Label your three columns ‘Feature of Comparison’, ‘India’ and ‘Australia’. To complete the rubric, research information for the following ‘features of comparison’ for both countries: Geographic area, Population, Government, Capital population, Dominant language, Other main languages, Main ethnic groups, Religions, Average income per day/year, Average life expectancy, National literacy rate, Major exports including any to India/Australia, Major imports including any from India/Australia, Cultural exchanges with India/Australia.

Activity 1: Ask students to discuss and respond to the following questions:

  1. In the video clip’s introduction the narrator tells us that ‘In this era of globalisation it’s common for customer queries to be re-routed through India….’. Draw up three columns to list the cities, images and activities that the director presents to depict globalisation.
  2. What is an ‘Anglicised name and accent’?
  3. Did you know that there are many varieties of English? Can you find out how many exist in the world today? Begin by looking up ‘Standard English’ and ‘Singlish’. It may be useful to know that the Australian accent has historically been looked down upon by the British. Do you think that one variety is better than another? Why?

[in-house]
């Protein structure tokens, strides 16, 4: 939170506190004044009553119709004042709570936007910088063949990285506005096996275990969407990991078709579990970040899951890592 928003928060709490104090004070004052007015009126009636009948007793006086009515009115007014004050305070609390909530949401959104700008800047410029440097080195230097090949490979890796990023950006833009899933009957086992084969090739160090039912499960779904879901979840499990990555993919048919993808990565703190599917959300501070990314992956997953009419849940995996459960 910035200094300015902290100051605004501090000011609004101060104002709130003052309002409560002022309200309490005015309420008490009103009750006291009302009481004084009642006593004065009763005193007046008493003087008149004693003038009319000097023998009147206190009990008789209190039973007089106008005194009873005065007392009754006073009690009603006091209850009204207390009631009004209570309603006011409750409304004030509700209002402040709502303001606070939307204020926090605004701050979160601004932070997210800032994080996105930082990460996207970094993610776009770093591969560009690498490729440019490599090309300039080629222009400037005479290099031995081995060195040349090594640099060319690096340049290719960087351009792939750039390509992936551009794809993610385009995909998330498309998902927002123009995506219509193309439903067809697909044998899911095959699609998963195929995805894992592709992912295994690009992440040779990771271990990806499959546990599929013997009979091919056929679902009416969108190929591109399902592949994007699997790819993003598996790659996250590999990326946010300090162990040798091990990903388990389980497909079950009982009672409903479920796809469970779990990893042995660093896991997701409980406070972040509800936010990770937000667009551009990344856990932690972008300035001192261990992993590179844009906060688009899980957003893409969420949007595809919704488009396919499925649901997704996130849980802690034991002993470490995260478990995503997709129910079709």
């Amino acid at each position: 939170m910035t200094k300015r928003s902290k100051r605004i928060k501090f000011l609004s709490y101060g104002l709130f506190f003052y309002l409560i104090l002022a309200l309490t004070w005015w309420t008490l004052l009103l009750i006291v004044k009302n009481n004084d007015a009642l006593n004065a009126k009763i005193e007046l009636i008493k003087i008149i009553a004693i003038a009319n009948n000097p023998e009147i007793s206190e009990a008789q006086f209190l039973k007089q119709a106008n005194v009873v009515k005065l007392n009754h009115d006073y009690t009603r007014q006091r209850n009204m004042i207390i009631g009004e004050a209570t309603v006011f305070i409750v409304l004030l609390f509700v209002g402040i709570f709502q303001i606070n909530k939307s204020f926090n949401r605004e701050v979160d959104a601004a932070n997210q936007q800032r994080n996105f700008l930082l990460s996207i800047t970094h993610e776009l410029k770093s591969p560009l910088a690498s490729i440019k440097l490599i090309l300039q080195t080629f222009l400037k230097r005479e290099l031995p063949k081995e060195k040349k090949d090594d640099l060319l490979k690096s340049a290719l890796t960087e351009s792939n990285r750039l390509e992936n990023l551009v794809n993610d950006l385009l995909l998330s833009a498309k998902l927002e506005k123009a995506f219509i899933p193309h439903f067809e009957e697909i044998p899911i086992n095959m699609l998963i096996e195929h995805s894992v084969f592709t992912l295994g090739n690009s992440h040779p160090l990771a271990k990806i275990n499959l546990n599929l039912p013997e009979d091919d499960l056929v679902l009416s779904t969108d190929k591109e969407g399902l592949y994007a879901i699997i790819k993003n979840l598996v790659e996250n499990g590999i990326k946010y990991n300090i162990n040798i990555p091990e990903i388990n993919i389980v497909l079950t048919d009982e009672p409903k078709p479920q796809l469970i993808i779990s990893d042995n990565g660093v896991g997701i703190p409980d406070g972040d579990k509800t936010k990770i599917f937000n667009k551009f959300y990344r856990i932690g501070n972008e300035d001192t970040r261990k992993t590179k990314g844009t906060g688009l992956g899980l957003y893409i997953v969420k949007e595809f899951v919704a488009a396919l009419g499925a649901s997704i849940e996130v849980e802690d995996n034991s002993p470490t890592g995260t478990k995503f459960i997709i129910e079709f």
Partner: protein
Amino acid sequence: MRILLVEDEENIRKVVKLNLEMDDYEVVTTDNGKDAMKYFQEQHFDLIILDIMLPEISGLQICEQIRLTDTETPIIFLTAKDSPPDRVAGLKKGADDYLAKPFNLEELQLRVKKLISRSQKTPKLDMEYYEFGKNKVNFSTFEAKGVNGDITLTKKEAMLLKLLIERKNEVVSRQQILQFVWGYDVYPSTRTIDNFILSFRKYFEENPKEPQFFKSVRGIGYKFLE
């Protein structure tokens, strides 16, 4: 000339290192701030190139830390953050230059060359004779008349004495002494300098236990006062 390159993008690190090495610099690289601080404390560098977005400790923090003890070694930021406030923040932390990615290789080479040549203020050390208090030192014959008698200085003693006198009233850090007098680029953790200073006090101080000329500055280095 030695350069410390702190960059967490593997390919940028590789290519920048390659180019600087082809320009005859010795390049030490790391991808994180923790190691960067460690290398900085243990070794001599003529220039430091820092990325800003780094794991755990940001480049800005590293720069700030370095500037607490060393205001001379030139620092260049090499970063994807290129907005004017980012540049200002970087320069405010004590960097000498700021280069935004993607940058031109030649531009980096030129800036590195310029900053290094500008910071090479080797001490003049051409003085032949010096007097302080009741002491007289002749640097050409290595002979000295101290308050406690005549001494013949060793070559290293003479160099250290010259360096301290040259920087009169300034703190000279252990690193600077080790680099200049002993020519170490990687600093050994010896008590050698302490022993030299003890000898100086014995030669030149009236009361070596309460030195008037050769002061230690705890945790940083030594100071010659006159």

4. The documentary narrator explains that the call centre workers in India are taught to ‘speak and think like their customers’. Is this peculiar to Indian training or can you think of employers in Australia who train workers similarly? Consider bank teller training and student casual workplaces like McDonalds. What are the similarities and differences?
  5. The call centre trainees explain their preconceptions of Australians in class. What do they mention? Are these accurate? What is your knowledge or preconceptions of Indians? What are your sources of information and/or experience?
  6. What is a stereotype? Do the trainers appear to be passing on stereotypes to their students? How do they inform themselves? The trainees speak English as a second, third or fourth language. How many languages do you speak? Do you feel Australians should learn to speak another language? Why?

Activity 2: Individually, in pairs, or in a group, students are asked to write their responses to the following: